This gave Ghana, which bided, the leeway to be selected as the host of the AfCFTA secretariat. The West African nation, according to a review committee, was awarded the right based on regional balance formula. Ghana edged out six other countries that submitted bids to host the secretariat. They include Egypt, Eswatini, Ethiopia, Kenya, Madagascar and Senegal.
Perhaps, as confirmation of Ghana’s strategic positioning to host the secretariat, Senegal President Macky Sall was said to have yielded his own nation’s bid in order to support Ghana’s. Egypt and Ethiopia also showed solidarity with Ghana over the selection. According to the AU, the secretariat’s primary mandate will be the implementation of the agreement, which has been ratified by 25 countries.
An economic expert, Dr. Patricia Auta, expressed regrets that Nigeria’s delay to sign the AfCFTA agreement cost her chance to host the headquarters of the AfCFTA. She said Nigeria would have contested and probably won the bid to host the secretariat because of the role it played from the beginning of the AfCFTA. “If we had signed on time and contested, there is no way we wouldn’t have won,’’ Auta said.
The expert added that it was sad that a heavyweight like Nigeria remained conspicuously on the sidelines for long at a time of increased momentum towards continental integration. “This state of affairs contrasts sharply with Nigeria’s prior activist roles on African matters in years gone by. In the past, Nigeria used its political, economic and diplomatic power….to seize the mantle of leadership that changed the course of African history, she lamented.
It is easy to see why Auta and indeed, other concerned experts and stakeholders are agonising over Nigeria’s loss. For one, the positive economic spin-offs from being home to AfCFTA are too obvious and numerous for Nigeria to miss. For instance, hosting the secretariat will boost job creation, as the secretariat will come with full complement of staff, ranging from economists to translators, administrators, technicians and a range of service providers.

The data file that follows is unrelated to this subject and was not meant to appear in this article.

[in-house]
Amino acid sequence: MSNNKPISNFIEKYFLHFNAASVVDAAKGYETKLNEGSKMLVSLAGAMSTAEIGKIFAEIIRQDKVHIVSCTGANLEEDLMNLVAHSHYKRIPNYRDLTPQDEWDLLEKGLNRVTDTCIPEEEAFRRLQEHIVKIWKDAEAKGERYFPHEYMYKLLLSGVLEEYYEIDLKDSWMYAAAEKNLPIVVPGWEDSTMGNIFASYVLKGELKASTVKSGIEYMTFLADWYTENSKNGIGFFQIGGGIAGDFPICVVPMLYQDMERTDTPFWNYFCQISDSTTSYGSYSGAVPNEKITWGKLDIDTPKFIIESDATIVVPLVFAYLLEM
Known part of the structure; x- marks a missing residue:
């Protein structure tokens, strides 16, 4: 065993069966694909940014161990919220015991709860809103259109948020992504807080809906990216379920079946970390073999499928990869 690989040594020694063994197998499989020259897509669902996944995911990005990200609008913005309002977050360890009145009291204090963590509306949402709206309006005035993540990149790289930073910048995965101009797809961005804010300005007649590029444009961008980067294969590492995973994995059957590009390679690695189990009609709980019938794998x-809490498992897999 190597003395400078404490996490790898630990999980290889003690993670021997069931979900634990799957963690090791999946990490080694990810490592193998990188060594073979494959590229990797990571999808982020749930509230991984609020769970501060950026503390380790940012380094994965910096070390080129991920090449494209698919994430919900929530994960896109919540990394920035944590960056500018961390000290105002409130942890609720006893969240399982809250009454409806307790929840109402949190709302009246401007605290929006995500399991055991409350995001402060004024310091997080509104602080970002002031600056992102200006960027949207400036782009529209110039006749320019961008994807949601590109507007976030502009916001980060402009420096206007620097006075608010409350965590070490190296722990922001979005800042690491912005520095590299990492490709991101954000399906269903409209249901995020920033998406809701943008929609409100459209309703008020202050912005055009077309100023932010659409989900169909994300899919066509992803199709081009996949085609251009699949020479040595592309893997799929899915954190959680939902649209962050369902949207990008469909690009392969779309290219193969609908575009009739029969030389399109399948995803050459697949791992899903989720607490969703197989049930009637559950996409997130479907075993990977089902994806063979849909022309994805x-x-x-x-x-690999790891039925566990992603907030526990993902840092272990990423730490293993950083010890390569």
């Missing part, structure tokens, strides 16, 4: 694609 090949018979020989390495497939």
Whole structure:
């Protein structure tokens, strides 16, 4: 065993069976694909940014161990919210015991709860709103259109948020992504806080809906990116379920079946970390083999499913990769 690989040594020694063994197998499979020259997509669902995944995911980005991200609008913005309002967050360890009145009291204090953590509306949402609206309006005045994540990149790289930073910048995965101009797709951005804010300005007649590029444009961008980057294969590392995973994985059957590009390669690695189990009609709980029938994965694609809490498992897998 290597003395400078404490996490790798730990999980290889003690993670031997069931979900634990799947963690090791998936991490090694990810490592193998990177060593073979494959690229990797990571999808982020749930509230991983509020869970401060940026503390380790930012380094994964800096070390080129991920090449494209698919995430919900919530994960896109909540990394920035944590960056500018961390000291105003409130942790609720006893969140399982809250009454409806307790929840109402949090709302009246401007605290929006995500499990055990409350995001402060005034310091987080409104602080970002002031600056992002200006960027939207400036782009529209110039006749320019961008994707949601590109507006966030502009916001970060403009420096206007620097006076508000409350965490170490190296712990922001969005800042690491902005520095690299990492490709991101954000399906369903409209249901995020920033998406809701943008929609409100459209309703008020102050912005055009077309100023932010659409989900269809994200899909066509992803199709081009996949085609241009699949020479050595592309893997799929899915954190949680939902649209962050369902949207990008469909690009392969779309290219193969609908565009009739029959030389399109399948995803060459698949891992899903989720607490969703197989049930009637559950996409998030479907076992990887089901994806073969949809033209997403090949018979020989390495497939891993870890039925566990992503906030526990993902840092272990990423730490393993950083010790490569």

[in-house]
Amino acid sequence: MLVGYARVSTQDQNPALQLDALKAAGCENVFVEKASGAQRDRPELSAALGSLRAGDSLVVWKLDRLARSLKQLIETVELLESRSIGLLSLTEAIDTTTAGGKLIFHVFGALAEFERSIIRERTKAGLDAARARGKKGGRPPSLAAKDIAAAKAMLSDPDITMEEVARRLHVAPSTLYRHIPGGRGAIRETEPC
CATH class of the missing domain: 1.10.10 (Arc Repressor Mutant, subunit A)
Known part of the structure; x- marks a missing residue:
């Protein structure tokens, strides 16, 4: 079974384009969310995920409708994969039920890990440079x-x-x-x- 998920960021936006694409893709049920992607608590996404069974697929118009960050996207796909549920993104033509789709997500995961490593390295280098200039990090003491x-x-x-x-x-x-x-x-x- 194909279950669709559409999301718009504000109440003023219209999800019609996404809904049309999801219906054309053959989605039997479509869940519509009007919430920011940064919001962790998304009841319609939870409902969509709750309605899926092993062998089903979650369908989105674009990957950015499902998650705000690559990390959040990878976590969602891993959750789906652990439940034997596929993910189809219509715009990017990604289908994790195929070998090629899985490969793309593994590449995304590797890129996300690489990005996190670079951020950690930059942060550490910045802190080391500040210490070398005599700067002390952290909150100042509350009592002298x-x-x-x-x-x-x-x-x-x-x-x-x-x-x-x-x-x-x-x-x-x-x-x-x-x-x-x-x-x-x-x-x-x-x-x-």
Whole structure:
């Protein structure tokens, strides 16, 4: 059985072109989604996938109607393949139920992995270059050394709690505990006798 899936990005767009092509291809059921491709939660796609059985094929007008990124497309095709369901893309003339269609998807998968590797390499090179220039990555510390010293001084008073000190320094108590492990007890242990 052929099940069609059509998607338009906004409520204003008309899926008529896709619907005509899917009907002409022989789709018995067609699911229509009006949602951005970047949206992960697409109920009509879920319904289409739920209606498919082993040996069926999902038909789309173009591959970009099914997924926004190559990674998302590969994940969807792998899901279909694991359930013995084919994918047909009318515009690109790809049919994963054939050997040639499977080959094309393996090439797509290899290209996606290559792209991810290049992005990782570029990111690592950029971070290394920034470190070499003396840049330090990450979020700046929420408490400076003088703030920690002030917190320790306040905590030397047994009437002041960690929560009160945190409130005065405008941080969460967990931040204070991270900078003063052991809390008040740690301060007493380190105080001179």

The hospitality sector will also receive significant boost. With Ghana having the opportunity of hosting various regional and continental meetings and other events associated with the AfCFTA, various operators in the country’s hospitality sector are set to enjoy economic prosperity. The boosts that will come the way of the hospitality sector – and more broadly, the services sector – will also generate increased international exposure for Ghana.
Push for regional trade hub
Encouraged by her selection as host for AfCFTA Secretariat, Ghana has moved to leverage the opportunity to become Africa’s new commercial capital, a regional trade hub and an economic epicentre. The West African country is also positioning itself as the new gateway to the continent. And these are aspirations that challenge Nigeria’s dominance of the continent’s economic and investment landscape.
Ghana Vice President Dr. Mahamudu Bawumi put this challenge in perspective when he told a group of Canadian investors: “By next decade, if you are not in Ghana, you are not in Africa.” Addressing a group of investors at the Canada-Ghana Economic Summit organised by the Canada-Africa Strategic Investment Group Inc. in Vancouver, Canada on Monday, July 22, 2019, he said Ghana is the best investment destination in Africa for both local and foreign investors.